Aug 17

Slipping away

We knew they weren’t going to win this season, but for awhile there they were fun to watch. They were aggressive, hustled and more importantly, competitive and made us think of what could have happened had they been intact all season.

The Mets missed David Wright for two months, are without Ike Davis for the rest of the season, haven’t had Johan Santana all year, watched Mike Pelfrey regress, had Jose Reyes on the disabled list twice, and haven’t gotten a thing from Jason Bay. All this under the specter of a possible fire sale, which saw only Carlos Beltran and Francisco Rodrigue depart.

Even so, the Mets have hung around the .500 mark, but lately they’ve started to play like we thought they might. The Mets have lost 12 of their last 16 games after last night in San Diego. And, it won’t get any easier with Milwaukee, Philadelphia and Atlanta coming up to close out the month.

Remember when Fred Wilpon said he wanted the Mets to play meaningful games in September? There are different interpretations of the word “meaningful.”

There’s no pennant race, and won’t be for awhile, but I’d like to see the Mets close with a spark and intensity they’ve had for much of the season.

I’d like there to be some fun down the stretch.





Jul 13

Alderson dances around trade and future.

What else was Sandy Alderson going to say?

In a classic case of GM-Speak, Alderson said today in a conference call, “I certainly wouldn’t draw any conclusions from this transaction,’’ regarding this morning’s trade of Francisco Rodriguez to Milwaukee.

ALDERSON: Dances the dance.



He might be the only one.

This was about dumping salary, totally understandable considering the Mets didn’t want to pick up Rodriguez’s $17.5 million option. How well the Mets have played was irrelevant because clearing themselves of the option was their primary objective, although Alderson downplayed this issue.

He wasn’t believable.

Alderson insisted the Mets’ goal the rest of the way will be winning games, but that’s a tough sell considering he just traded their closer, and is actively looking to move Carlos Beltran, and wouldn’t say no to anybody asking about Jose Reyes.

Trading Rodriguez offers payroll flexibility, but realistically we’re only talking about 2012, and Reyes reportedly will seek six or seven years.

Alderson said there’s no connection between Rodriguez and possibly trading Beltran, but what other conclusion can you make? The Mets want to shave payroll and aren’t a realistic contender, so the fire sale seems the only realistic way for this season to play itself out.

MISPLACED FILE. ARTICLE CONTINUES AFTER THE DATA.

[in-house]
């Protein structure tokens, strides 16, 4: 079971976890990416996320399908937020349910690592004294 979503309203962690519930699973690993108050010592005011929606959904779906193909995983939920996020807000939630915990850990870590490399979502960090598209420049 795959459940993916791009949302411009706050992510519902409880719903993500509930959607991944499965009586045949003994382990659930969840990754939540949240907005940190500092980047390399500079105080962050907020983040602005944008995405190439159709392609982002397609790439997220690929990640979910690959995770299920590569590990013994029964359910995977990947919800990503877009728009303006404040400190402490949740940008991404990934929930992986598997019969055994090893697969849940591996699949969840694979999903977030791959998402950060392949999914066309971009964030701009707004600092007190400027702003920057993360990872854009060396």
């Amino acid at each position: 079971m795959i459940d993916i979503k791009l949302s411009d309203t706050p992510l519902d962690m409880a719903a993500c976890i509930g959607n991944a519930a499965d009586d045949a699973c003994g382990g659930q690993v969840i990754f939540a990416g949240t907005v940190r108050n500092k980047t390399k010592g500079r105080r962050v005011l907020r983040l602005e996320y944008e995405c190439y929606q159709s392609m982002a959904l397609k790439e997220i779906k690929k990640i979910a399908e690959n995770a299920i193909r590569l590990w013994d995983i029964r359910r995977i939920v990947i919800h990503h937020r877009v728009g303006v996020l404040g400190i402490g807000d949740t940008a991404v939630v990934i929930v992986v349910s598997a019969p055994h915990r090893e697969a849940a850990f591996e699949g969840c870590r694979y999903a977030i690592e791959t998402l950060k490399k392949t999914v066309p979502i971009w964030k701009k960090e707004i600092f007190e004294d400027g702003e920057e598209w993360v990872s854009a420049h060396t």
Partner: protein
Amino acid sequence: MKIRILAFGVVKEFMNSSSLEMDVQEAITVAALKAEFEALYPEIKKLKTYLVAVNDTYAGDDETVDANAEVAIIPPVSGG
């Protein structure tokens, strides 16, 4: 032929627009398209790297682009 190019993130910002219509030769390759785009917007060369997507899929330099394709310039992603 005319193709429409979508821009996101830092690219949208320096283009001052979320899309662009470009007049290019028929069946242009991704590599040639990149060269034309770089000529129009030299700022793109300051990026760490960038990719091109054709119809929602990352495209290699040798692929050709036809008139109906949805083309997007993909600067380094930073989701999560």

Anybody can see that, so why can’t Alderson just admit it and spare us the GM-Speak?


Jul 11

Today in Mets’ History: Seaver gets save in 1967 game.

Tom Seaver starred on this date in 1967 at the All-Star Game in Anaheim when All-Star Games actually meant something and were more than an encore for ESPN’s Home Run Derby.

SEAVER: Gets save in 67 game.


As a rookie, Seaver threw a hitless 15th inning to earn the save in the National League’s 2-1 victory. Seaver’s Hall of Fame career included 12 All-Star selections.

An oddity about this game was in that all the runs came on solo homers from third basemen: Philadelphia’s Richie Allen, Baltimore’s Brooks Robinson and Cincinnati’s Tony Perez.

This was a time when the starting pitchers worked at their three innings and there were pitchers available for extra innings. Unlike the disaster game in Milwaukee several years back when Commissioner Bud Selig called it a tie because the teams ran out of pitchers.

In this game, Seaver’s one inning was the shortest stint of the night as all the other pitchers worked at least two innings, with five pitching at least three innings, and Catfish Hunter throwing five as he took the loss. Don Drysdale was the winning pitcher.



UP NEXT: How spring training issues have been addressed in the first half.


Jun 08

Capuano good pick-up, but how long will he stay?

Yesterday, I wrote how the Mets were playing well considering a mountain of adversity and last night they received a strong pitching performance from Chris Capuano to win at Milwaukee, 2-1.

CAPUANO: A trade piece? (AP)

The Mets are two games below .500 and 4.5 games behind the Brewers in the wild card race. Too soon to be thinking of such things, but not too soon to recognize things aren’t totally in the toilet as had been projected.

Last night was the first game of 10-game road trip, and who knows where they will be when they return from Milwaukee-Pittsburgh-Atlanta? A lot of things can happen in two weeks. If the Mets continue to receive the strong starting pitching they’ve gotten the past ten days, including last night from Capuano, they could put an interesting, and unexpected, spin on this season.

Capuano was a bargain basement purchase that so far as pitched well considering a lack of offensive support. He gave up a run in six innings last night to go 4-6. He has pitched better than his record.

Unfortunately, every bit of success Capuano enjoys brings about the harsh reminder the Mets figure to be sellers at the deadline, and a lefthander who can provide innings is a commodity. What the Mets might get from Capuano is uncertain, but when you’re in a rebuilding mode you tend to collect prospects.

I’d like to see the Mets attempt to compete this year and go for the wild-card, but that means adding instead of subtracting. However, all indications point toward further rebuilding, which includes the possibility of a purge.

Not that the Mets will build around a guy like Capuano, but he can be a valuable part to the right team. And, it would be nice if the Mets were that team.

NOTEBOOK: Gary Carter underwent his first radiation treatment yesterday. … Carlos Beltran played despite a bruised right shin. He went 0-for-4 and didn’t look comfortable running.